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How do you find seed capital?
To find seed capital you need to find angel investors. There are likely local groups of these investors in your region or city. You can also look for startup incubators or accelerators, which are groups that might also provide some office space and access to other entrepreneur resources.
Since angel investors will typically reject 75% (or more) of the investment proposals they receive, you want to have your act together before you approach them.
These investors not only have money, but they often have plenty of experience as well, so if you are able to acquire funding from an angel investor, you’ll instantly improve your chances of success. You better believe investors are going to do everything in their power to get a return on their investment, and they wouldn’t have made the investment in the first place if they didn’t think they could.
Raising seed capital from angels not only gives you money to help you get to the next stage of growth, but it also validates your efforts and ideas — confirmation that what you’ve built so far has the potential to be successful!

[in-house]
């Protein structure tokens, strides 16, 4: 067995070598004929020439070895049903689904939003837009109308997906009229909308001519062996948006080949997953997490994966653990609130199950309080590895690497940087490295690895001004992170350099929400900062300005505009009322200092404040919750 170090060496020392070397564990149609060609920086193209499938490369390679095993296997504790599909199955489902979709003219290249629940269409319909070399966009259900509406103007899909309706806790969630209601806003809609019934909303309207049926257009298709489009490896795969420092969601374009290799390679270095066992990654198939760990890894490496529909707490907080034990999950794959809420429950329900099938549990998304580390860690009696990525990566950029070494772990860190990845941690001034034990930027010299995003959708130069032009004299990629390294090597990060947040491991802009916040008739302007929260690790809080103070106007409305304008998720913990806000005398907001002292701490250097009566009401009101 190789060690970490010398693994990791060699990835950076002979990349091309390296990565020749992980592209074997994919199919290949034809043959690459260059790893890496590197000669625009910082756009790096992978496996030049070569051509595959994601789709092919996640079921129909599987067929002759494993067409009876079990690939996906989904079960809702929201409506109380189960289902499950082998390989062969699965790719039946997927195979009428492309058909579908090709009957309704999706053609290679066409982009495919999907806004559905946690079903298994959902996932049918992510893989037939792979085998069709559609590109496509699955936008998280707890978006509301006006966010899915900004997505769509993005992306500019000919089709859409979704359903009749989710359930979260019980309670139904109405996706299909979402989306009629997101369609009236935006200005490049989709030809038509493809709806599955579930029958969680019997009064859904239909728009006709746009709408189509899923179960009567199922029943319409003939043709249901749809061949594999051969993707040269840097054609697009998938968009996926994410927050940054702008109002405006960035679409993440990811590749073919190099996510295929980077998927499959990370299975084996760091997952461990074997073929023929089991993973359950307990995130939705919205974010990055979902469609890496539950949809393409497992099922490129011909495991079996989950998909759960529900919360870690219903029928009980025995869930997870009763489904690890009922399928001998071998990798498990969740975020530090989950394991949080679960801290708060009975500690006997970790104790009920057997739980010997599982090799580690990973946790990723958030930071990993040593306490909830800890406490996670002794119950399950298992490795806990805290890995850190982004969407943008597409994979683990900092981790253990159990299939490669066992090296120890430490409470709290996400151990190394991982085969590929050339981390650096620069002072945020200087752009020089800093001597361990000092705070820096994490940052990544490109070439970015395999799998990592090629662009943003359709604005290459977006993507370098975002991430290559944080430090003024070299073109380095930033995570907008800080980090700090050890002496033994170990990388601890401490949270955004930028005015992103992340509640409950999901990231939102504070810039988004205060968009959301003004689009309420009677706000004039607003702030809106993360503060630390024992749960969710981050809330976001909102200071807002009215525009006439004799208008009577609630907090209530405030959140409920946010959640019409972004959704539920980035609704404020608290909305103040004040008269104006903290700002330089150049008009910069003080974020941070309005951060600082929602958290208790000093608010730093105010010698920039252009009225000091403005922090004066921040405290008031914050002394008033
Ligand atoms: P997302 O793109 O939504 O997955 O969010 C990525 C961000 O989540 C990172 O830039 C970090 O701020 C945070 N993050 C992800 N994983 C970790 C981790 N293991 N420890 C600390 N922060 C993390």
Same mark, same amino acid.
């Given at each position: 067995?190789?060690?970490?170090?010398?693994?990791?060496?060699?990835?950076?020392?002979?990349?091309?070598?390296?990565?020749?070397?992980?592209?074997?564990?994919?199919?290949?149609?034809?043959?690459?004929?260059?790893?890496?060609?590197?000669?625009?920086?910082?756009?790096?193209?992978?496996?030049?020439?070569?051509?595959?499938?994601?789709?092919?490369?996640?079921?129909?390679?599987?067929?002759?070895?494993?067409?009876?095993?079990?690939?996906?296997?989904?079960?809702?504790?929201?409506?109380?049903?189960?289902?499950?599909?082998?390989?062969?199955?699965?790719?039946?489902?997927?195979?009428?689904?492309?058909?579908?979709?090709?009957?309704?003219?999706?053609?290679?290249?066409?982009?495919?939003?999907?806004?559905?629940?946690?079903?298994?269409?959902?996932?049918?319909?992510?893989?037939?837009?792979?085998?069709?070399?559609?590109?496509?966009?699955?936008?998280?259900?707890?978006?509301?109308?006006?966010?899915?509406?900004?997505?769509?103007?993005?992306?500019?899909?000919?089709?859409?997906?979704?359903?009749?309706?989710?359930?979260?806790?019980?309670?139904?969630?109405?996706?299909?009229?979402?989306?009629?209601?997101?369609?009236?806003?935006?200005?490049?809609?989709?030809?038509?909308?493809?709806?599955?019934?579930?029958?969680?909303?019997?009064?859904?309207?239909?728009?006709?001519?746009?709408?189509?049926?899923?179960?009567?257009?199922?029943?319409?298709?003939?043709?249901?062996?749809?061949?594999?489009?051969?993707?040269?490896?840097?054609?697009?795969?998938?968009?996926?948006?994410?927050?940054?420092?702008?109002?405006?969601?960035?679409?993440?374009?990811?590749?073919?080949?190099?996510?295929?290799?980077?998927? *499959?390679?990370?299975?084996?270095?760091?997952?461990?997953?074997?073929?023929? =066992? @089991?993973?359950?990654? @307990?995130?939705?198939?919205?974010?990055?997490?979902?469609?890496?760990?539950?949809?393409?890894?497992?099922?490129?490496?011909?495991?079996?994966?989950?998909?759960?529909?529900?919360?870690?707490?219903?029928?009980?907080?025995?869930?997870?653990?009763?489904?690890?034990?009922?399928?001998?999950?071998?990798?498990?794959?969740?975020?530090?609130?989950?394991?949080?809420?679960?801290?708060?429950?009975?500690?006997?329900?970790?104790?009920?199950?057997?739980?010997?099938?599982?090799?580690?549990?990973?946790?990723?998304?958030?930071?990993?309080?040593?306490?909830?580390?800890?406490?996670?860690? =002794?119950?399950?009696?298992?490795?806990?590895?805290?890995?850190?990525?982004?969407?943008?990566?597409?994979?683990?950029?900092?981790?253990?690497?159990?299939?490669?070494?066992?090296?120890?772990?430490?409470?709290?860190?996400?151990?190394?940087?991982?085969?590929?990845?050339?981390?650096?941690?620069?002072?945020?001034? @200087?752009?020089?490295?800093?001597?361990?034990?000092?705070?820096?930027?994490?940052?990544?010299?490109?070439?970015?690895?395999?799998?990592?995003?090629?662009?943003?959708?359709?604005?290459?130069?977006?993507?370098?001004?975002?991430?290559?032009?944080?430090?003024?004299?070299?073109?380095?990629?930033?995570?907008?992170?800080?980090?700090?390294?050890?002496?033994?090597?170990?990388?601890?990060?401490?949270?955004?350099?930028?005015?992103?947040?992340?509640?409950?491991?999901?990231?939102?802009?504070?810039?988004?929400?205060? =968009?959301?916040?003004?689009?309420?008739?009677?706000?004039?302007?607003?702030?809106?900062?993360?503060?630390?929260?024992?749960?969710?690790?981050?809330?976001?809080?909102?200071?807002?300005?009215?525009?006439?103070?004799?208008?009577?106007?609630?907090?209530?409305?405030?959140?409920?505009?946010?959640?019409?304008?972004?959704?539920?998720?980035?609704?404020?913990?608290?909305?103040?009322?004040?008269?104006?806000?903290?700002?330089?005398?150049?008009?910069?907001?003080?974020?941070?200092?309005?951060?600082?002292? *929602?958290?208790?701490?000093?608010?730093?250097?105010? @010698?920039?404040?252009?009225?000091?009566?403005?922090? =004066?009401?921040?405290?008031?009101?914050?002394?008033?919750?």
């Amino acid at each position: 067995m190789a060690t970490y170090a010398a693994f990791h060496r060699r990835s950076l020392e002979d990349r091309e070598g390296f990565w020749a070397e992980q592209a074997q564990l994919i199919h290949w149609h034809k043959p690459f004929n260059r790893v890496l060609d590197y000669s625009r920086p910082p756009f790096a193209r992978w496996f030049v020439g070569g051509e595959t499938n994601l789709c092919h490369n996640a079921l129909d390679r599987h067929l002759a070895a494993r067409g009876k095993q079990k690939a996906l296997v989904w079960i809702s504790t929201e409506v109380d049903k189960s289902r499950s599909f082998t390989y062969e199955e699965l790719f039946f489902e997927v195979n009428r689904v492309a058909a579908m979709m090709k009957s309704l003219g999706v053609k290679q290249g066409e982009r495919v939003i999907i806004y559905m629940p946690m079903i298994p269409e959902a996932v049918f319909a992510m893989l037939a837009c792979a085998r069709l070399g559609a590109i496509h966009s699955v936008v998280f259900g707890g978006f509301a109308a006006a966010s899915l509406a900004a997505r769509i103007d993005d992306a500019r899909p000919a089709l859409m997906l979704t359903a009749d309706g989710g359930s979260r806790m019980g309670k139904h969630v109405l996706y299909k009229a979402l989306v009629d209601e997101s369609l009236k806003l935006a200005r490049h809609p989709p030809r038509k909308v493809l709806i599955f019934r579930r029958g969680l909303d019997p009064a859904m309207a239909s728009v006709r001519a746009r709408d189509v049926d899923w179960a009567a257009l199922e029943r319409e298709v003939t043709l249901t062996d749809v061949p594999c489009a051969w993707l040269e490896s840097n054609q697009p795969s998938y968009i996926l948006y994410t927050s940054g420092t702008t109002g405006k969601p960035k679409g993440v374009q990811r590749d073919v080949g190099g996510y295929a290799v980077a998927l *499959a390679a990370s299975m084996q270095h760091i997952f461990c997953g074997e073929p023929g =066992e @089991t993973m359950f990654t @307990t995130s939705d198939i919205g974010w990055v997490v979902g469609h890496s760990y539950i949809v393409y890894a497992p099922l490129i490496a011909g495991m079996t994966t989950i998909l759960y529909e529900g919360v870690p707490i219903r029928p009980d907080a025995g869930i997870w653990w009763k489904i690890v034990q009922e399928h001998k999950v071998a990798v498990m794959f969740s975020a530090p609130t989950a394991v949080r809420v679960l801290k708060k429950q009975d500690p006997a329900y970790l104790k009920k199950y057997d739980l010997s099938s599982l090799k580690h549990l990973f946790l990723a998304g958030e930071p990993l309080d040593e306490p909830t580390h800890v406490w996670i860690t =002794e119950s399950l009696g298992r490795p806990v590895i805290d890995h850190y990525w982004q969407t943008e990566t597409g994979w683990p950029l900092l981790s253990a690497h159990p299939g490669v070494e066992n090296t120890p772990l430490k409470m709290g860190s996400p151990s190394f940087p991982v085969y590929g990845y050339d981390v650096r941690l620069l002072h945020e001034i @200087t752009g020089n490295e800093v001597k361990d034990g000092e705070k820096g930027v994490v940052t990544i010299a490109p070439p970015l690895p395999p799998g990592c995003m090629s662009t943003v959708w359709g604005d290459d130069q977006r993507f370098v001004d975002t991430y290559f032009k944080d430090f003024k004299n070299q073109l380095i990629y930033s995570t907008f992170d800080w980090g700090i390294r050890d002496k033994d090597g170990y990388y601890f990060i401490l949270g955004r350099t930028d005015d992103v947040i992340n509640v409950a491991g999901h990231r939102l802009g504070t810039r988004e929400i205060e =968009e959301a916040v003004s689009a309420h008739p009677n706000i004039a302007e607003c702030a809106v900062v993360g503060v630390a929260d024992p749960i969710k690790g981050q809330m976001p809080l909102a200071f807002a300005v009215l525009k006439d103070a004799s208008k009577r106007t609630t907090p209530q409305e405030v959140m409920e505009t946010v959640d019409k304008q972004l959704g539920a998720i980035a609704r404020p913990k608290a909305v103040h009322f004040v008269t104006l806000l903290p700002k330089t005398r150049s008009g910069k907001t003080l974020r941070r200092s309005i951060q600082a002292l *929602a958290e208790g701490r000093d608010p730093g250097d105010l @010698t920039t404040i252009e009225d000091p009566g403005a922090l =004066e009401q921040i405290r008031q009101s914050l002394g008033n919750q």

So, how do you approach an angel investor to raise money? To answer that, it helps to understand what a “seed round” really is.
What is a seed round?
A seed round is typically a first and relatively small round of startup funding that allows you and your founding team to execute and prove your concept or idea works. Commonly described as "finding product-market fit," seed funding is what helps founders prove there's strong market demand for their product or solution.
RELATED: How to Establish Product-Market Fit
A friends and family round or funding from other initial money sources usually provide you with capital in the tens-of-thousands of dollars range, which is just enough to get your business started. Seed capital, on the other hand, can be enough to bring your product to fruition so you can raise venture capital, like a Series A round—it's rarely enough money to get you all the way to market, though.